Boundary conditions (sometimes also referred to as general conditions ) are generally circumstances that can only be influenced with great effort or not at all or that result from the problem and must therefore be considered as given quantities ( data parameters ), for example in scientific experiments or in mathematical experiments Calculations.
In many cases, the term boundary condition is also used as a synonym for “ secondary condition ”.
Boundary conditions and differential equations
In the area of differential equations , boundary conditions are specific information for calculating the solution function on a domain . For this purpose, the values of the function on the edge (in the topological sense ) of are given.
In the simplest case is an interval and the boundary conditions are given function values .
If instead of two values only at one edge point of the interval - mostly - values for and additionally for derivatives of are given, one speaks of an initial value problem and the given values are called its initial conditions .
Partial differential equations are mostly considered on Sobolew spaces . In these spaces, functions that match up to zero sets are considered to be equal. Since the boundary of an area is usually a null set, the concept of boundary condition is problematic. Solutions to this problem are Sobolew's embedding theorems or - more generally - trace operators .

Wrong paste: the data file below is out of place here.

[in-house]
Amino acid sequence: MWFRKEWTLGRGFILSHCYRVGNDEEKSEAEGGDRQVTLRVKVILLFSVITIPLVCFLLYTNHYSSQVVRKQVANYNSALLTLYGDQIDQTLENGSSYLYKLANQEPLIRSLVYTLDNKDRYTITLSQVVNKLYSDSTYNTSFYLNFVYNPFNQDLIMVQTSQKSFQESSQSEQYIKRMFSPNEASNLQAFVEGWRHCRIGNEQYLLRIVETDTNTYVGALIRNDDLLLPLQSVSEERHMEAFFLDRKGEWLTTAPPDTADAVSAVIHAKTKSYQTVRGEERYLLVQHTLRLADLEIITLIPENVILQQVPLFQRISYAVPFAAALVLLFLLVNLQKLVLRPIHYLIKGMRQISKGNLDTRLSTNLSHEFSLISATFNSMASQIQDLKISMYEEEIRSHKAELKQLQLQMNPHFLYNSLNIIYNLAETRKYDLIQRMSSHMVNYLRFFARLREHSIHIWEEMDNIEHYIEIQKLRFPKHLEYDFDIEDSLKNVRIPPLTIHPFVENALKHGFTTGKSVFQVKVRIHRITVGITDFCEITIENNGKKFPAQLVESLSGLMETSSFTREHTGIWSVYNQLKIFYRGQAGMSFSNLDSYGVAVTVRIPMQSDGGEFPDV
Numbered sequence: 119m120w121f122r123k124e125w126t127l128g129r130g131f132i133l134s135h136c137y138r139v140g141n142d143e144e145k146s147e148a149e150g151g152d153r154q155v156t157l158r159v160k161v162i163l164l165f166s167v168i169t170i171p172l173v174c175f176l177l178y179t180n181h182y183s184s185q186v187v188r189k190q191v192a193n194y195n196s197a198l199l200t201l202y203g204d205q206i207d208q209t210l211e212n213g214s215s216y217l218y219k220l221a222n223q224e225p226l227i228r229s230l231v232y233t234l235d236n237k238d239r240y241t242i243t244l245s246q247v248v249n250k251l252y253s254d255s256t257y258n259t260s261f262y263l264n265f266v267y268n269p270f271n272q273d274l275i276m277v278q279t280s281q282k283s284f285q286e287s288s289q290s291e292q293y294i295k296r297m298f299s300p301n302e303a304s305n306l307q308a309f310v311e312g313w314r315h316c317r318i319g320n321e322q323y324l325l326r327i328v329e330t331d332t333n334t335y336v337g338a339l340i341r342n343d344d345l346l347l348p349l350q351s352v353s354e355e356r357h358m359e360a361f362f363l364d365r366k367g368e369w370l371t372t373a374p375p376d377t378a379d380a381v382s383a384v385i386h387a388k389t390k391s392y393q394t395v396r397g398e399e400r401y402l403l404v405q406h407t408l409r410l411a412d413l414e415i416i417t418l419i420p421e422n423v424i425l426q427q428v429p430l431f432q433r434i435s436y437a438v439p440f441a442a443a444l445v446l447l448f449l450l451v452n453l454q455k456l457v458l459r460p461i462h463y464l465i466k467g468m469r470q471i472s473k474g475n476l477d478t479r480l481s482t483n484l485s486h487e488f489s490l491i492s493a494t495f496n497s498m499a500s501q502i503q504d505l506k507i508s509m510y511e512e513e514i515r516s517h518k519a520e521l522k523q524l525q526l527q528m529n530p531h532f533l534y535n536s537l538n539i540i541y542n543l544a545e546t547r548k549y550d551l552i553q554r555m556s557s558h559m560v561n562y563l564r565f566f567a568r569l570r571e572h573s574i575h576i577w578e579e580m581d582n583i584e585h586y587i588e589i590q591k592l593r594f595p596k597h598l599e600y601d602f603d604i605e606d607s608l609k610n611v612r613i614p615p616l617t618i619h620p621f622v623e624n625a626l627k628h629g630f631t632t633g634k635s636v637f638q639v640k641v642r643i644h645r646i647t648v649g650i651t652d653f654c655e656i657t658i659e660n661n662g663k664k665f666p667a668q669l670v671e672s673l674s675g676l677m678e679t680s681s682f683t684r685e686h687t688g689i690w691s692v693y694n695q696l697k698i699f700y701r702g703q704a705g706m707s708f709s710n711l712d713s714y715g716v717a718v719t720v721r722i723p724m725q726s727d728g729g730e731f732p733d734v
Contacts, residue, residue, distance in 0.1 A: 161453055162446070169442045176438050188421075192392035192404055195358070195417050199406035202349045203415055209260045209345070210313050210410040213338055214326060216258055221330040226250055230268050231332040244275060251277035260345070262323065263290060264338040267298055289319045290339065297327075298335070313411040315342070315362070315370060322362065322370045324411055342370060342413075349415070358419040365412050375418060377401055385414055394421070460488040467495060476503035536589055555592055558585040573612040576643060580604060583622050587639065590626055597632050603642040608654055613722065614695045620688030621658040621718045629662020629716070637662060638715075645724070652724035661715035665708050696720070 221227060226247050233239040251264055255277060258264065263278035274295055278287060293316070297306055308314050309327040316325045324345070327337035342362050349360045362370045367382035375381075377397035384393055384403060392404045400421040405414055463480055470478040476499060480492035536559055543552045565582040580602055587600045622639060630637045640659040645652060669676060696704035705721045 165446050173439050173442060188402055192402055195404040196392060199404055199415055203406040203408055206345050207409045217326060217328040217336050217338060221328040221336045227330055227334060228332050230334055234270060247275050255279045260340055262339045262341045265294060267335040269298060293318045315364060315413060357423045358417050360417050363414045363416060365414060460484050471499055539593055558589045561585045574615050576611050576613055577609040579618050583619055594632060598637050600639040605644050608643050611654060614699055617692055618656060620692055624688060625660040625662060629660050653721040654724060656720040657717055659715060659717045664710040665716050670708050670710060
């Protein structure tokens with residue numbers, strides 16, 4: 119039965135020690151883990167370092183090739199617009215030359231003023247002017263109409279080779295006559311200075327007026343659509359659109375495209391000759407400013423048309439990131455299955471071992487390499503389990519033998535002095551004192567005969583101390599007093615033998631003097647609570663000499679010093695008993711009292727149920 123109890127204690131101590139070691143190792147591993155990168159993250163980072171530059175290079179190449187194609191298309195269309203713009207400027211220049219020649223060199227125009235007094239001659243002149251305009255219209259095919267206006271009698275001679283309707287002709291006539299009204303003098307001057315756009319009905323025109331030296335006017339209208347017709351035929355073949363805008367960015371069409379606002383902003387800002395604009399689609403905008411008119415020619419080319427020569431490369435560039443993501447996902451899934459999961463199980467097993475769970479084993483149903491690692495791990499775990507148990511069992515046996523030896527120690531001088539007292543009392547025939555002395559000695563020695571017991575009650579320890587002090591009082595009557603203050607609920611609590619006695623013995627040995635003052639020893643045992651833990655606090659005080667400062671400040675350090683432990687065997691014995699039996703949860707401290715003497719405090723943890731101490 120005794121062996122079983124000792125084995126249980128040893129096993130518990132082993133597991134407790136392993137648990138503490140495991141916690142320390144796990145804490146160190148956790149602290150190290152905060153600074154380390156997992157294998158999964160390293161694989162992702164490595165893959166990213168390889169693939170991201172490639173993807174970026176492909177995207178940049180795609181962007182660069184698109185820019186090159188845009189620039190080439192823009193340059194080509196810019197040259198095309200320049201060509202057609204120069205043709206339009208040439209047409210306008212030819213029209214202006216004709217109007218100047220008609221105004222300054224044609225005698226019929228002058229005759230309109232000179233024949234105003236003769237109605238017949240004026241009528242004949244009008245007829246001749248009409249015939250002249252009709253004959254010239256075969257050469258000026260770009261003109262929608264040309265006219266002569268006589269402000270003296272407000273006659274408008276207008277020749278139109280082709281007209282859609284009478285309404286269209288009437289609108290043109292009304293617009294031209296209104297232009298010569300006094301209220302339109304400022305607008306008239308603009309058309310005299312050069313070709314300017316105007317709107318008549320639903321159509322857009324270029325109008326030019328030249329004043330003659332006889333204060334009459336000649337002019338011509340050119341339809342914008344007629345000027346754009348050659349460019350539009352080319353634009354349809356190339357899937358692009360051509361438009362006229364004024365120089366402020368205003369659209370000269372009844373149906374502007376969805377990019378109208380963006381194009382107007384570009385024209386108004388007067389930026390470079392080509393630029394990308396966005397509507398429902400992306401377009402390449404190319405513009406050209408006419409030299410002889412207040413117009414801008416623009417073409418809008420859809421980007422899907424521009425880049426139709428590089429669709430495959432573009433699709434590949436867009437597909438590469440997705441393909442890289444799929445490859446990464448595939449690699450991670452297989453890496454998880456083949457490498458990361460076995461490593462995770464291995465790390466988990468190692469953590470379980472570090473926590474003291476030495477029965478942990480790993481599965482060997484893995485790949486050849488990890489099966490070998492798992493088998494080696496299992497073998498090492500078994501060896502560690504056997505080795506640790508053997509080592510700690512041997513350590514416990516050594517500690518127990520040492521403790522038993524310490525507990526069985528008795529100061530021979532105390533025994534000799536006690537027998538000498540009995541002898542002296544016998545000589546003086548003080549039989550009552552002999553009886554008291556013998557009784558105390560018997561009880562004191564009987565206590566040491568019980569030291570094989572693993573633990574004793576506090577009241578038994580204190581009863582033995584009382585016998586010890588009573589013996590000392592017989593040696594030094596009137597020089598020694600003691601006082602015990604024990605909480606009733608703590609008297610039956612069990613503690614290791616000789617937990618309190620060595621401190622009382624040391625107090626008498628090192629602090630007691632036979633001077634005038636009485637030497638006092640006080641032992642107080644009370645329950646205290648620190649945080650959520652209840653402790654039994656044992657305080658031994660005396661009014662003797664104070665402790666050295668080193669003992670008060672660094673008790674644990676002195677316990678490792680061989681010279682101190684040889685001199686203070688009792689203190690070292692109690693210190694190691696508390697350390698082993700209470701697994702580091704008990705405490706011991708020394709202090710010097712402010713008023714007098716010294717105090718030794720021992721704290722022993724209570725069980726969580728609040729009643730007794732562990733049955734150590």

Boundary value problems do not always have a solution (see example below); if they exist, the solution is not always unique. The calculation of an approximate solution for a boundary value problem with the means of numerical mathematics is often time-consuming and usually results in the solution of very large systems of equations .
Let be the given differential equation . The solution set to this equation is .
- Find the solution with and the solution is .
- Periodic boundary condition: Find the solution with and There are infinitely many solutions of the form with any .
- The solution is sought with and there is no solution.
Types of boundary conditions
- Prescribe values of the solution; in the case of an ordinary differential equation defined on the interval one prescribes and and then speaks of Dirichlet boundary conditions .
- Applying conditions to the derivatives , i.e. and prescribing, then one speaks of Neumann boundary conditions (for ordinary differential equations, as explained above, of initial conditions).
- A special case are periodic boundary conditions , here (in the example of an ordinary differential equation considered on the interval ): or .
Artificial boundary conditions
In the case of unrestricted areas, the numerical solution usually requires a restriction of the area. Here, boundary conditions are to be specified that do not exist in the actual problem, i.e. are artificial.
In Business Administration and Economics , the boundary conditions correspond to short or not by the makers influenced data parameters such as the environmental conditions of the weather or the laws .